Title IX’s Greatest Achievement Wasn’t Equality. It Was Possibility.
One thing you learn from watching athletes closely is that muscle isn’t power and in fact can be pretty clumsy and useless. Movement is power — mobility. It’s the tremendous sense of movement created by Title IX over the past 50 years that matters. And sometimes the most powerful movements are the stealthiest.
“Would you call yourself a feminist?” I asked Pat Summitt, early in our acquaintance.
“No,” she said.
“Why not?” I asked.
“Because I’m not a sign-carrier,” she said.
But after a few days of studying how Pat went about her business as the women’s basketball coach at the University of Tennessee, I knew what to call her. Pat allowed me to shadow her through her workday in the interest of writing a book together, and I watched from corners of rooms as she would murmur with ladylike restraint through meetings, charm old-boy Southern male administrators in their offices with her mildness and then turn around and urge her players to thunder up the court with a roaring intensity. One afternoon, I returned to the subject.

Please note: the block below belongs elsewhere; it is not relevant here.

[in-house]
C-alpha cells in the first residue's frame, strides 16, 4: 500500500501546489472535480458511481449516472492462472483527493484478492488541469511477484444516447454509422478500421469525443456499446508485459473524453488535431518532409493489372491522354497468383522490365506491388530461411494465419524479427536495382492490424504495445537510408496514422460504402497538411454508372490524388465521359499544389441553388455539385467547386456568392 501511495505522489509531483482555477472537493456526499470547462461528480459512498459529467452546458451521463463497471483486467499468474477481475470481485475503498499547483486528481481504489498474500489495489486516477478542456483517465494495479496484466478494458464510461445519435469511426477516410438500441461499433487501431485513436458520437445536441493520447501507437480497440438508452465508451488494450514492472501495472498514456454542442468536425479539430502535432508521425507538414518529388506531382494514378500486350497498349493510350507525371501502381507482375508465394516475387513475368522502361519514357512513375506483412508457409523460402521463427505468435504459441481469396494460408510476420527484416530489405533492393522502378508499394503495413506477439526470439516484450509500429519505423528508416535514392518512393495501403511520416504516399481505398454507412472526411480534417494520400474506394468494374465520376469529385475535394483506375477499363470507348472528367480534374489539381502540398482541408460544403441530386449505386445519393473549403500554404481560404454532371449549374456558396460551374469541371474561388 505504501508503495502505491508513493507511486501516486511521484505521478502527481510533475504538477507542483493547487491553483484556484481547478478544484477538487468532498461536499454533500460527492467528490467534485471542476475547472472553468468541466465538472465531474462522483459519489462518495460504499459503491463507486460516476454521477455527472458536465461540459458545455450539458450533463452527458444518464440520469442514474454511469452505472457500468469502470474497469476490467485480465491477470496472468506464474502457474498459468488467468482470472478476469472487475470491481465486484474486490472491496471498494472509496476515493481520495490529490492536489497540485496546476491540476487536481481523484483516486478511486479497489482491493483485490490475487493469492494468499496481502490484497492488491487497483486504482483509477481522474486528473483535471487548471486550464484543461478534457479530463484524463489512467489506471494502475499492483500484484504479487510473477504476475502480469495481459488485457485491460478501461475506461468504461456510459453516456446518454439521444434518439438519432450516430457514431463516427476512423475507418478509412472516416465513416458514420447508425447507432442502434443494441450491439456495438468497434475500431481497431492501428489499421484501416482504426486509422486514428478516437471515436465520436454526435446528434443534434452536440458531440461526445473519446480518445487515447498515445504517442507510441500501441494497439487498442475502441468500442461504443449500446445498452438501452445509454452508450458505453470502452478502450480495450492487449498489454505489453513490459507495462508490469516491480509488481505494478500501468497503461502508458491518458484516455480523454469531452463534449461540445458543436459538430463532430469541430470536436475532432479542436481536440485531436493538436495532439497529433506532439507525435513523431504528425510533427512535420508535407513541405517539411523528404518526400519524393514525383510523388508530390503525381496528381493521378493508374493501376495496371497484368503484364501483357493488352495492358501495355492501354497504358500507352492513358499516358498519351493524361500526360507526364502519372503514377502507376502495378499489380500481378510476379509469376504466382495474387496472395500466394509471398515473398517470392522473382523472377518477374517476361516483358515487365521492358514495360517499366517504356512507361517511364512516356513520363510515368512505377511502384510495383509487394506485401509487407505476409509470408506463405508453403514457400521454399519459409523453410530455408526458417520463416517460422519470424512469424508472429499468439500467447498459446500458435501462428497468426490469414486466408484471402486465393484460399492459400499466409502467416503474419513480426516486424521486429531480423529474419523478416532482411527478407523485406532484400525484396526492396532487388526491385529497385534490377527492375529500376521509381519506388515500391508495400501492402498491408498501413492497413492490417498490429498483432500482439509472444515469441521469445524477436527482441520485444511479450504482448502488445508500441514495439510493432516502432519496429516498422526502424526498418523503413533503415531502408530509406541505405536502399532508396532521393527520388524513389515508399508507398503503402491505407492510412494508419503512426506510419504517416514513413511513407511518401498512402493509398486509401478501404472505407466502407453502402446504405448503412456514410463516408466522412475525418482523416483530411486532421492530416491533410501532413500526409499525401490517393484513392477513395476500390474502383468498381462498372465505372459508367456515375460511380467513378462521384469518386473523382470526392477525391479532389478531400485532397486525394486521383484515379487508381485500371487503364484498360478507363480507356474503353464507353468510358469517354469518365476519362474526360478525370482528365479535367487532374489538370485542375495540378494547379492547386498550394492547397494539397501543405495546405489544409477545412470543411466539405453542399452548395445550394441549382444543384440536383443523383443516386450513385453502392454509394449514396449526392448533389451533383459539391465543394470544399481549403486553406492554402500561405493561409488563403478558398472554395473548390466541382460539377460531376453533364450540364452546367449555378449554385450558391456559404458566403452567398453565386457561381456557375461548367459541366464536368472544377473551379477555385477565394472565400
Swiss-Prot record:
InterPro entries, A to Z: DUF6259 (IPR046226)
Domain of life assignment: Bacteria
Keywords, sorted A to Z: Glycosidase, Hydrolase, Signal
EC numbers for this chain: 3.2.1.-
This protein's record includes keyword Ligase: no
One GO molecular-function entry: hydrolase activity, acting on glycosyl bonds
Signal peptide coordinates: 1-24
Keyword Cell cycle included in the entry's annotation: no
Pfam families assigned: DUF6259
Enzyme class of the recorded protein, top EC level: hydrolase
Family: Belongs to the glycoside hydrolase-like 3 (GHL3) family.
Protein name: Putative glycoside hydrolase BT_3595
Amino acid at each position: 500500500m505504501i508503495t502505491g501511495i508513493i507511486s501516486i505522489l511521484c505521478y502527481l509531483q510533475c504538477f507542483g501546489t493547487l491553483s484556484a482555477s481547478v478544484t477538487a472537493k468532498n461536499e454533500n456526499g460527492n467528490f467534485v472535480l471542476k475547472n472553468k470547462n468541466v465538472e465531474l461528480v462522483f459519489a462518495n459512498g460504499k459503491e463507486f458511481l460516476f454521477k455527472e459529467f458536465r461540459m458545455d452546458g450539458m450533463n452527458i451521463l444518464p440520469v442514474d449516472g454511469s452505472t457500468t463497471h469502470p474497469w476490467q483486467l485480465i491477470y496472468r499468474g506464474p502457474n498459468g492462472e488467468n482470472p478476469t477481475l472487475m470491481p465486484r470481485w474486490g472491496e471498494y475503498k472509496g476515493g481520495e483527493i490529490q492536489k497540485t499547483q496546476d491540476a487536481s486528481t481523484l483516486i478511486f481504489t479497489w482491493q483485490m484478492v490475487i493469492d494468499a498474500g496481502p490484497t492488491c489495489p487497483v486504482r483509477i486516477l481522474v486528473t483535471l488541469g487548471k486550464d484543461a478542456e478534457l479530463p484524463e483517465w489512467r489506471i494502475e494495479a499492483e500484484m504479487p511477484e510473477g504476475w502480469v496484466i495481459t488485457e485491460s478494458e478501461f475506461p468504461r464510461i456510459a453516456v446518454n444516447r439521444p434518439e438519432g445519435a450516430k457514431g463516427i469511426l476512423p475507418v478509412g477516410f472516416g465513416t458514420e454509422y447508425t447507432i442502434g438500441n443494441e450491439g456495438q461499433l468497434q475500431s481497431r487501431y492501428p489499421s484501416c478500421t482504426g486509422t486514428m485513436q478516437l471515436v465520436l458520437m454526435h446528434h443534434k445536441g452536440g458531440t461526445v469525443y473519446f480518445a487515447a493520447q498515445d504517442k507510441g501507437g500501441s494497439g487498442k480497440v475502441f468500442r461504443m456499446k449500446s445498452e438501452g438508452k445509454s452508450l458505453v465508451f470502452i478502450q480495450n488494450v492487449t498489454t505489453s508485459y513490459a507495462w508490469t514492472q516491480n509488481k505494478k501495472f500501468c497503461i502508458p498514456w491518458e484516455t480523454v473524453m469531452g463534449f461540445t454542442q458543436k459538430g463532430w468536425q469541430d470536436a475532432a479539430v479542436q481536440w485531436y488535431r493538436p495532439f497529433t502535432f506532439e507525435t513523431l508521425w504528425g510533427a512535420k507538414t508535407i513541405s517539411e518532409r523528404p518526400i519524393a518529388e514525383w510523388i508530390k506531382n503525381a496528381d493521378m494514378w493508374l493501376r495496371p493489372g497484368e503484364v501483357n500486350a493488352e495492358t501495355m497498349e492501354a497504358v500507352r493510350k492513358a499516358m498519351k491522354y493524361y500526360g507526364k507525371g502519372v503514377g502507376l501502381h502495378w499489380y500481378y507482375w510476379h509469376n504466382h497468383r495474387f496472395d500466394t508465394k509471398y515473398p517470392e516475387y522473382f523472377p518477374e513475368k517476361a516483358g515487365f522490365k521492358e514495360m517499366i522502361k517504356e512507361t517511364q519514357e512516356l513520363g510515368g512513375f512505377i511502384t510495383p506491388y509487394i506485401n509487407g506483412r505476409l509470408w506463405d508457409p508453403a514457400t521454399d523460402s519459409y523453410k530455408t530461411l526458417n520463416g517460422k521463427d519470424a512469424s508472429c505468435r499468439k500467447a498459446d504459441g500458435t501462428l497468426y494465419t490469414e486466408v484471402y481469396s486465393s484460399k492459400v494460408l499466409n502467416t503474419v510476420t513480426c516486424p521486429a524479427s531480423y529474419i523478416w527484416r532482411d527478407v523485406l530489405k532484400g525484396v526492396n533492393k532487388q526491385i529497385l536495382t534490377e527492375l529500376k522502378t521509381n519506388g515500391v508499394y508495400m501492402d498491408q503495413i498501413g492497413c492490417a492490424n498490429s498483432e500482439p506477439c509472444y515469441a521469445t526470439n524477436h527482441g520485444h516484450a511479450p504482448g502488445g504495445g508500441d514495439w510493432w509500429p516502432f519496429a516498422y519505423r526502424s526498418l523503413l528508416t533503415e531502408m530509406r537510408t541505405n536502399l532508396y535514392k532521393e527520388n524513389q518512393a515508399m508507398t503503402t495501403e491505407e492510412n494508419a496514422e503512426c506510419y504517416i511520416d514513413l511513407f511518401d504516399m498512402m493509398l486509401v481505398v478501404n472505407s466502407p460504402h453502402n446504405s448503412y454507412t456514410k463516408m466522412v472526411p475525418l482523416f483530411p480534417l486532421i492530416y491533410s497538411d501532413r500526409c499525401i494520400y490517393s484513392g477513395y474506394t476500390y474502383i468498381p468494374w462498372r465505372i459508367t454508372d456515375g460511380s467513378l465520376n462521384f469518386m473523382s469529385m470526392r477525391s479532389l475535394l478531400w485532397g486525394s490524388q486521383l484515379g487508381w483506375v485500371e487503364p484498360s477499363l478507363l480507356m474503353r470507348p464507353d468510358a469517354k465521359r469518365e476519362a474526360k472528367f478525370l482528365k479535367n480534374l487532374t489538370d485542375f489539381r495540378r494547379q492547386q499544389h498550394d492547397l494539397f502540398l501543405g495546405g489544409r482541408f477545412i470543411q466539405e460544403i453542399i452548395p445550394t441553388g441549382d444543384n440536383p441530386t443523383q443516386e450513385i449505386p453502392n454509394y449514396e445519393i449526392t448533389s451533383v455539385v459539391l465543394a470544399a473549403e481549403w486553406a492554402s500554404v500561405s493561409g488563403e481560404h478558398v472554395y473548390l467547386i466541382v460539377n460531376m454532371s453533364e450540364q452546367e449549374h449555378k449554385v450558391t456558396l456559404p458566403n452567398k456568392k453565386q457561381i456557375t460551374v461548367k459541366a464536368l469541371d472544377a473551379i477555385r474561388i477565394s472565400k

“I know what to call you now,” I said. “I know what you are.”
“You’re a subversive,” I said.
She laughed, and then she said, perfectly serious, “That’s exactly right.”
In the half-century since Congress enacted Title IX on June 23, 1972, it has become ever clearer just how stealthily radical that piece of legislation with the Roman numeral really was. On the surface, it was a straightforward sentence, buried in a larger education act, that prohibited discrimination on the basis of sex in federally funded education programs. Conventionally, we’ve assessed its impact in terms of pure numbers, scholarships and budgets, as measures of “equity.” But that was just a petty, superficial, administrative application. Numbers don’t tell the whole story — not even close. Pat was after something much, much bigger than a budget.